Speculation sprang up across Macintosh enthusiast Web sites late during the week of May 1 that Apple Computer would soon introduce a new computer model, possibly dubbed the MacBook.
This MacBook would replace the consumer laptop iBook G4 model and be the lower-cost sibling of the recently introduced MacBook Pro, based on processors from Intel, rumors said.
There was little direct evidence, however. Anonymous sources told the MacRumors Web site that Apple retail stores have received signage that should not go up before Tuesday, May 9.
Particularly intriguing was that, for a brief time, there was a blank page on the Apple Web site displaying the name “MacBook” in a navigation thread. A screen grab of the short-lived page is available at ThinkSecret.
Many of the rumors said the MacBook will feature a 13.3-inch screen, different from the typical 12- or 14-inch screens on the iBook. Ideas differed as to whether the MacBooks would use Intel’s Core Solo or Core Duo.
The optimal market time for a MacBook introduction is approaching rapidly, some observers said.
“This is not rocket science,” said Charles Wolf, an analyst for Needham & Co., based in New York. The current iBook sells in large numbers to the K-12 educational market, Wolf said. The educational institution buying season runs approximately from June 1 through the end of August.
“Everyone in that market knows Apple has a [Power PC] G4-based iBook,” Wolf said. “If Apple wants to have good sales of the MacBook,” he said, the company needs to introduce a new model, or replacement, soon.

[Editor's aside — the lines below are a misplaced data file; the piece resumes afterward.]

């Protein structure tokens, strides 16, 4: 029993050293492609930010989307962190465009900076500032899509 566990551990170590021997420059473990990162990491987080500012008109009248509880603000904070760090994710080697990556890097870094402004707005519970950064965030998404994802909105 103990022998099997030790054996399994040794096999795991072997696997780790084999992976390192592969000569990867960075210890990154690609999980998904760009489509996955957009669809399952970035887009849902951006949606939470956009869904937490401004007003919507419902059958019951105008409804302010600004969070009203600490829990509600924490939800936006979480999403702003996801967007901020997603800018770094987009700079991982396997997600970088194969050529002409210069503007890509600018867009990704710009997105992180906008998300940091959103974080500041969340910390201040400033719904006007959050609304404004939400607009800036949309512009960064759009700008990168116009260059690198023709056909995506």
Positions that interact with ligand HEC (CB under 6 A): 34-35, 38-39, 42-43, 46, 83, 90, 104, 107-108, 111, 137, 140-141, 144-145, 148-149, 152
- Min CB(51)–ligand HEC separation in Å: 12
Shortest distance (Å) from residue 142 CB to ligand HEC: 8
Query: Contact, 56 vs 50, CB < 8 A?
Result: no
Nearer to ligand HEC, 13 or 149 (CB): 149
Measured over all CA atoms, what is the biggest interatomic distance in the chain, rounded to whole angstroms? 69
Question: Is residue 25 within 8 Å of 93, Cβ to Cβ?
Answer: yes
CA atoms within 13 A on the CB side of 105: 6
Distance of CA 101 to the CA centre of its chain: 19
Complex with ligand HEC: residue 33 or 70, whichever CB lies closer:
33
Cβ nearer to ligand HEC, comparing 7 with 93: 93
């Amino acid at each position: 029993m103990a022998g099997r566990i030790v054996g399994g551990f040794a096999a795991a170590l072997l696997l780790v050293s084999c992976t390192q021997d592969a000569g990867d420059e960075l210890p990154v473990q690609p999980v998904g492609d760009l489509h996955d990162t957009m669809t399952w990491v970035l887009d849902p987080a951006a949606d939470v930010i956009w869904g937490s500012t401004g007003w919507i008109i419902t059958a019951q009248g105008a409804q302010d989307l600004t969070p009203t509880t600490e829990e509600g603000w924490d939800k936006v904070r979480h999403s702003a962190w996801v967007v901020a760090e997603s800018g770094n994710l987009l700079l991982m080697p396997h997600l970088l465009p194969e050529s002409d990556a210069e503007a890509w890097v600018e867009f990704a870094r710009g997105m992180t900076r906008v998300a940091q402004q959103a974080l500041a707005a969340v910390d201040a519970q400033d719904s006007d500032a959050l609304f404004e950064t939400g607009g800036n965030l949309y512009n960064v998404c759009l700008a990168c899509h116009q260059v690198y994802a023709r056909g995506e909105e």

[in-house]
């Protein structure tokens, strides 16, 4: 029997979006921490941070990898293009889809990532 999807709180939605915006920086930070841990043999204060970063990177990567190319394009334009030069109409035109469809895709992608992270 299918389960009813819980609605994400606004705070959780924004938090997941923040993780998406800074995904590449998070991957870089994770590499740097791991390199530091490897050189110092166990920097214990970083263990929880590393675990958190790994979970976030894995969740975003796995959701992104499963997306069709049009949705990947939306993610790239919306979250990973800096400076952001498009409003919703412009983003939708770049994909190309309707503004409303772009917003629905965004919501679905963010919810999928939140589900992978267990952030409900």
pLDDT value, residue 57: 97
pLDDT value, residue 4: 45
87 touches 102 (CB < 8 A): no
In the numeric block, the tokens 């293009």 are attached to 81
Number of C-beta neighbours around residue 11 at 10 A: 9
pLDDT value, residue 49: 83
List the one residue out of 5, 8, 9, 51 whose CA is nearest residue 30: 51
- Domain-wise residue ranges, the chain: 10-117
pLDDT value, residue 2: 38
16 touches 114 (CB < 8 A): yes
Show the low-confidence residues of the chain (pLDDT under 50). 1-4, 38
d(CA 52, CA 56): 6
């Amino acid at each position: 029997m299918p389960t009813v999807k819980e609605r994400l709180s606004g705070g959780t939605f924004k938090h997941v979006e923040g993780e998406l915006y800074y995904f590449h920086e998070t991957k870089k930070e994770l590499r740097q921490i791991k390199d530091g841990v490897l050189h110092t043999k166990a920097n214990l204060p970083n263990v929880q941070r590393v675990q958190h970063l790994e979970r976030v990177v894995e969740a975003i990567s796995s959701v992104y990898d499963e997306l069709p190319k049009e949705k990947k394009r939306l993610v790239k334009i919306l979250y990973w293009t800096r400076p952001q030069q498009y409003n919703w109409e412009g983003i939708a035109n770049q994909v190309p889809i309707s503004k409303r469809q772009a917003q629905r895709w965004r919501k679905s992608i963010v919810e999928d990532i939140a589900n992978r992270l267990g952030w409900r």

Last June, Apple CEO Steve Jobs made the surprise announcement that the company would migrate its Macintosh line from Power PC processors made by IBM and Freescale to Intel processors. At the time, Jobs said the process would begin in June 2006 and would result in the entire product line being Intel-only by June 2007.
However, Apple delivered earlier than expected, showing in January an Intel-based version of the all-in-one iMac, and a replacement for the PowerBook notebook called the MacBook Pro.
For a while, the Intel iMac was sold side by side with the Power PC-based model. Similarly, the 15.4-inch MacBook Pro did not completely replace the PowerBook; for months afterward, Power PC-based PowerBooks were still sold, and Apple did not offer 12- or 17-inch versions of the MacBook Pro. However, PowerBooks of those sizes remained available. Apple finally offered an Intel-based 17-inch MacBook Pro in April.
In February, Apple rolled out the Intel-based Mac mini, an entry-level computer occupying the lowest price point for Apple.
Though Intel-based Macs cannot run existing Mac software natively, these Macs come with Apple’s Rosetta emulation environment. Rosetta allows most Power PC-native Mac software to run on the new computers. Many developers have made available versions of their products in UB (Universal Binary) form, which runs on both Power PC- and Intel-based Macs.
Should the rumors prove true, the only remaining Macs requiring an Intel transplant would be the PowerMac desktop line and XServe server systems.
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